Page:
The Effectiveness-Legitimacy Conundrum in the International Law of State Formation

  • Andreas Th. MüllerEmail author
Part of the Law and Philosophy Library book series (LAPS, volume 130)


According to the traditional textbook account, the coming into existence of States is a fact, depending on the realization of effective government over territory and people (so-called three-elements doctrine). Against this background, the present contribution argues that while the formation of States is a predominately fact-based phenomenon, it is not limited to a mere test of effectiveness. The formation of States has always incorporated elements of legitimacy and even more so by virtue of the development of international law in the wake of World War II. Issues of legitimacy become relevant in particular in extreme situations, i.e. in the event that the foundational principles of the contemporary international legal order as manifested in the concept of peremptory norms of general international law (jus cogens) are at stake.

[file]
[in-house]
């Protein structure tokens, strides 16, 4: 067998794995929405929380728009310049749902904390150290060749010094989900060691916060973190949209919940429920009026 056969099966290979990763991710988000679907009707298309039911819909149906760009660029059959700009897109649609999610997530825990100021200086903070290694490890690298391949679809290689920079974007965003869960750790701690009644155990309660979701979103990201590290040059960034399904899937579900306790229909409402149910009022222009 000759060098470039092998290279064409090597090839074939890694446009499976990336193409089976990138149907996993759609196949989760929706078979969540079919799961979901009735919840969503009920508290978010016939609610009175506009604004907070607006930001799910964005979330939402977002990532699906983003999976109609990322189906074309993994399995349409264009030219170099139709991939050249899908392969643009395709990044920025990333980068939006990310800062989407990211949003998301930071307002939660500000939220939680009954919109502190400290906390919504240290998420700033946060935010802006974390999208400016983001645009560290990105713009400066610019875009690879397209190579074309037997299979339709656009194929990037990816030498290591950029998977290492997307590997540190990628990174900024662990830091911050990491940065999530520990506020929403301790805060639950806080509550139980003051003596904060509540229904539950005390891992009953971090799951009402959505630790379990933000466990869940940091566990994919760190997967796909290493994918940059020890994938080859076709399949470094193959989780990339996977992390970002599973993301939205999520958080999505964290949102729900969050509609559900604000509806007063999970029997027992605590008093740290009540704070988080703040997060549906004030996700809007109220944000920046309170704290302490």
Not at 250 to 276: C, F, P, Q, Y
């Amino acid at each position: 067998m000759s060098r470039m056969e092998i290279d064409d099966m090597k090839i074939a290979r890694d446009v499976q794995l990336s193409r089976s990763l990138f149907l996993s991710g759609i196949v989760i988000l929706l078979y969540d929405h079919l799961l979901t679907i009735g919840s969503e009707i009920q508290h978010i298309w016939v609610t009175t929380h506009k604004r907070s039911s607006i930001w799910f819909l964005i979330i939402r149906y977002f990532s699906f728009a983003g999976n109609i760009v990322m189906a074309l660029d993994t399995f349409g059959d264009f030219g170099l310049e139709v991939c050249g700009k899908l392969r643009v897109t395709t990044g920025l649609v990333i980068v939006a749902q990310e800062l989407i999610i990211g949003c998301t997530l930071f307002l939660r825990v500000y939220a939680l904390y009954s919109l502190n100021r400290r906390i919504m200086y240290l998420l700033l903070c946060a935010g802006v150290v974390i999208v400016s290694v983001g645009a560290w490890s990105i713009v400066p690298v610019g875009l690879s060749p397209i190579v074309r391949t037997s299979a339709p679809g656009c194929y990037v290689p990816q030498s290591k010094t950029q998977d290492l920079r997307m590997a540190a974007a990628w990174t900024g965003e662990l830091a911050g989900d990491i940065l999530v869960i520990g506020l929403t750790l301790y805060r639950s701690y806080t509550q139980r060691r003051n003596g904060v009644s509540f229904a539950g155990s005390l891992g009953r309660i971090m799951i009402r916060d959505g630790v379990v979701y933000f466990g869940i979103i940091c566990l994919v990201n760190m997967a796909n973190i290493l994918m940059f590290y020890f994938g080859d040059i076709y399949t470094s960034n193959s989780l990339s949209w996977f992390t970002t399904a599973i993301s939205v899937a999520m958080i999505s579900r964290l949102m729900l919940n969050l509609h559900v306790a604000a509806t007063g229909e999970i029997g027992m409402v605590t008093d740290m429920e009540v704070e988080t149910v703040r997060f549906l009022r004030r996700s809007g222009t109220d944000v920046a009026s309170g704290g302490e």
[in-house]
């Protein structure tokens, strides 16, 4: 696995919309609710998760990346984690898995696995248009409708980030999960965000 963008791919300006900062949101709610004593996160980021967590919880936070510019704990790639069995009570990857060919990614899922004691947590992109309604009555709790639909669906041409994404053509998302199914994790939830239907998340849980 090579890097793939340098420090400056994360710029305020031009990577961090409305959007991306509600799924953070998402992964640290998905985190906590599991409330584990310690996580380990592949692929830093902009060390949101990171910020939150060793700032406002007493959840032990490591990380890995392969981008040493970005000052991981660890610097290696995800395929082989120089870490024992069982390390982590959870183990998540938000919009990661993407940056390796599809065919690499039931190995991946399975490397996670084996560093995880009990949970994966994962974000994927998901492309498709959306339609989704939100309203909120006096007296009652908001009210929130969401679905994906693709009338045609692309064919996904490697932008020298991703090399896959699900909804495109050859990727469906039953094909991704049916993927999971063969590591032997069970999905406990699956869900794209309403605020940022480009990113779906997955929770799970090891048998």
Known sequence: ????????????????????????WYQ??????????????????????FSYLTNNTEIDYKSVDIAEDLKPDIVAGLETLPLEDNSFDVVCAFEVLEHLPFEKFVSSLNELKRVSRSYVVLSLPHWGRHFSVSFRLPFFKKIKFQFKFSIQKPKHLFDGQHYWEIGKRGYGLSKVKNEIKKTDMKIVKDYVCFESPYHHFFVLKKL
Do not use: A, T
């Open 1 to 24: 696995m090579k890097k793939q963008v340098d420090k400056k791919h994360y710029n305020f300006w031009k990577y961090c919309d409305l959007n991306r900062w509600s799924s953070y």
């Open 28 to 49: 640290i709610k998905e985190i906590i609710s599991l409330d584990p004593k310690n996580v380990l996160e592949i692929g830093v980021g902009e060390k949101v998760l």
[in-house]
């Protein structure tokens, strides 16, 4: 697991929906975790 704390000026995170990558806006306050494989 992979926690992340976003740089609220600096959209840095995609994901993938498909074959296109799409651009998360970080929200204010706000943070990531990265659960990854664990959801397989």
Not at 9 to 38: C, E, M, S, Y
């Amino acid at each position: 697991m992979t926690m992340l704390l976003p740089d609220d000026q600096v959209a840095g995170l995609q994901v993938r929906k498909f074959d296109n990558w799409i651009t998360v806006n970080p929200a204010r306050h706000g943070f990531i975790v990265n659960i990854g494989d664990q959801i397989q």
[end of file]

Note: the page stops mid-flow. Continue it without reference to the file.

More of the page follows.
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© Springer Nature Switzerland AG 2019

Authors and Affiliations

  1. 1.Department of European Law and Public International LawUniversity of InnsbruckInnsbruckAustria

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